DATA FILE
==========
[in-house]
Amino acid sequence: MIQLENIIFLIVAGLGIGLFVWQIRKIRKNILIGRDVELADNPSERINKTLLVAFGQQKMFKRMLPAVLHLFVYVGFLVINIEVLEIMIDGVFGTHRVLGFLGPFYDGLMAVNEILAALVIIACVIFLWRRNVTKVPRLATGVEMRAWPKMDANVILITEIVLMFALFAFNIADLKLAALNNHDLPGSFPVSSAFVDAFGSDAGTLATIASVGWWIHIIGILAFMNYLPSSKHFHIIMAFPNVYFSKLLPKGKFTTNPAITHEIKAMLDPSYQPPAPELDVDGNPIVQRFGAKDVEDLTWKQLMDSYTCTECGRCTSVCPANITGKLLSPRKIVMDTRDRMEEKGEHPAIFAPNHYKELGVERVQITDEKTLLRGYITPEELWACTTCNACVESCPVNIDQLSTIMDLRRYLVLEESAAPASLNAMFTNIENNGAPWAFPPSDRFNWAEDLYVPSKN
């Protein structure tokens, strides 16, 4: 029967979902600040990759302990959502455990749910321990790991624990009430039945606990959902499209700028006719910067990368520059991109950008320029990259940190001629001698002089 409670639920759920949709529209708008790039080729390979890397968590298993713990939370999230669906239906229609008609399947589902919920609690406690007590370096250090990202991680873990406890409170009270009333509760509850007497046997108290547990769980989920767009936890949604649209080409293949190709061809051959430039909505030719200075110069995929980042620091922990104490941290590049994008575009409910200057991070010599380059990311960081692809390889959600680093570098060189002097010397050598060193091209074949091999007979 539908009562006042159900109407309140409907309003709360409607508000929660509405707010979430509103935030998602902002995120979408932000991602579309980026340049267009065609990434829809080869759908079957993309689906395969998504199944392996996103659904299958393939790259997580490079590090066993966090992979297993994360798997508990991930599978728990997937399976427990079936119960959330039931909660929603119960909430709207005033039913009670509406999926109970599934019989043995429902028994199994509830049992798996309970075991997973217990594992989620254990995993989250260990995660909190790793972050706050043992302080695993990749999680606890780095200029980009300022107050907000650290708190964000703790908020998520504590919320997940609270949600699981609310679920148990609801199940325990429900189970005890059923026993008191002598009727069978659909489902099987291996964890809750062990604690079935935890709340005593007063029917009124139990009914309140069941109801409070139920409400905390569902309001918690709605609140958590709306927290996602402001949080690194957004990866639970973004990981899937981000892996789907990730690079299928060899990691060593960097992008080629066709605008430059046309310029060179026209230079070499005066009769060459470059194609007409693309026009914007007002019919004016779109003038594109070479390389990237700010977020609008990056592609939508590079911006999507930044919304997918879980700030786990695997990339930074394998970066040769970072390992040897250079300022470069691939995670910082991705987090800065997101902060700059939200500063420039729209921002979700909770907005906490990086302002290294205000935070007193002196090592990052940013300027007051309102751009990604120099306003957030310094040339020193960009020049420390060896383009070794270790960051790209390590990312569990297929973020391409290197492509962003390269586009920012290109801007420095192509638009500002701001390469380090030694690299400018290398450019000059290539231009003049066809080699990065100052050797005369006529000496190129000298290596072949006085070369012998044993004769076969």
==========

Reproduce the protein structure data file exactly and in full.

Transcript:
[in-house]
Amino acid sequence: MIQLENIIFLIVAGLGIGLFVWQIRKIRKNILIGRDVELADNPSERINKTLLVAFGQQKMFKRMLPAVLHLFVYVGFLVINIEVLEIMIDGVFGTHRVLGFLGPFYDGLMAVNEILAALVIIACVIFLWRRNVTKVPRLATGVEMRAWPKMDANVILITEIVLMFALFAFNIADLKLAALNNHDLPGSFPVSSAFVDAFGSDAGTLATIASVGWWIHIIGILAFMNYLPSSKHFHIIMAFPNVYFSKLLPKGKFTTNPAITHEIKAMLDPSYQPPAPELDVDGNPIVQRFGAKDVEDLTWKQLMDSYTCTECGRCTSVCPANITGKLLSPRKIVMDTRDRMEEKGEHPAIFAPNHYKELGVERVQITDEKTLLRGYITPEELWACTTCNACVESCPVNIDQLSTIMDLRRYLVLEESAAPASLNAMFTNIENNGAPWAFPPSDRFNWAEDLYVPSKN
């Protein structure tokens, strides 16, 4: 029967979902600040990759302990959502455990749910321990790991624990009430039945606990959902499209700028006719910067990368520059991109950008320029990259940190001629001698002089 409670639920759920949709529209708008790039080729390979890397968590298993713990939370999230669906239906229609008609399947589902919920609690406690007590370096250090990202991680873990406890409170009270009333509760509850007497046997108290547990769980989920767009936890949604649209080409293949190709061809051959430039909505030719200075110069995929980042620091922990104490941290590049994008575009409910200057991070010599380059990311960081692809390889959600680093570098060189002097010397050598060193091209074949091999007979 539908009562006042159900109407309140409907309003709360409607508000929660509405707010979430509103935030998602902002995120979408932000991602579309980026340049267009065609990434829809080869759908079957993309689906395969998504199944392996996103659904299958393939790259997580490079590090066993966090992979297993994360798997508990991930599978728990997937399976427990079936119960959330039931909660929603119960909430709207005033039913009670509406999926109970599934019989043995429902028994199994509830049992798996309970075991997973217990594992989620254990995993989250260990995660909190790793972050706050043992302080695993990749999680606890780095200029980009300022107050907000650290708190964000703790908020998520504590919320997940609270949600699981609310679920148990609801199940325990429900189970005890059923026993008191002598009727069978659909489902099987291996964890809750062990604690079935935890709340005593007063029917009124139990009914309140069941109801409070139920409400905390569902309001918690709605609140958590709306927290996602402001949080690194957004990866639970973004990981899937981000892996789907990730690079299928060899990691060593960097992008080629066709605008430059046309310029060179026209230079070499005066009769060459470059194609007409693309026009914007007002019919004016779109003038594109070479390389990237700010977020609008990056592609939508590079911006999507930044919304997918879980700030786990695997990339930074394998970066040769970072390992040897250079300022470069691939995670910082991705987090800065997101902060700059939200500063420039729209921002979700909770907005906490990086302002290294205000935070007193002196090592990052940013300027007051309102751009990604120099306003957030310094040339020193960009020049420390060896383009070794270790960051790209390590990312569990297929973020391409290197492509962003390269586009920012290109801007420095192509638009500002701001390469380090030694690299400018290398450019000059290539231009003049066809080699990065100052050797005369006529000496190129000298290596072949006085070369012998044993004769076969």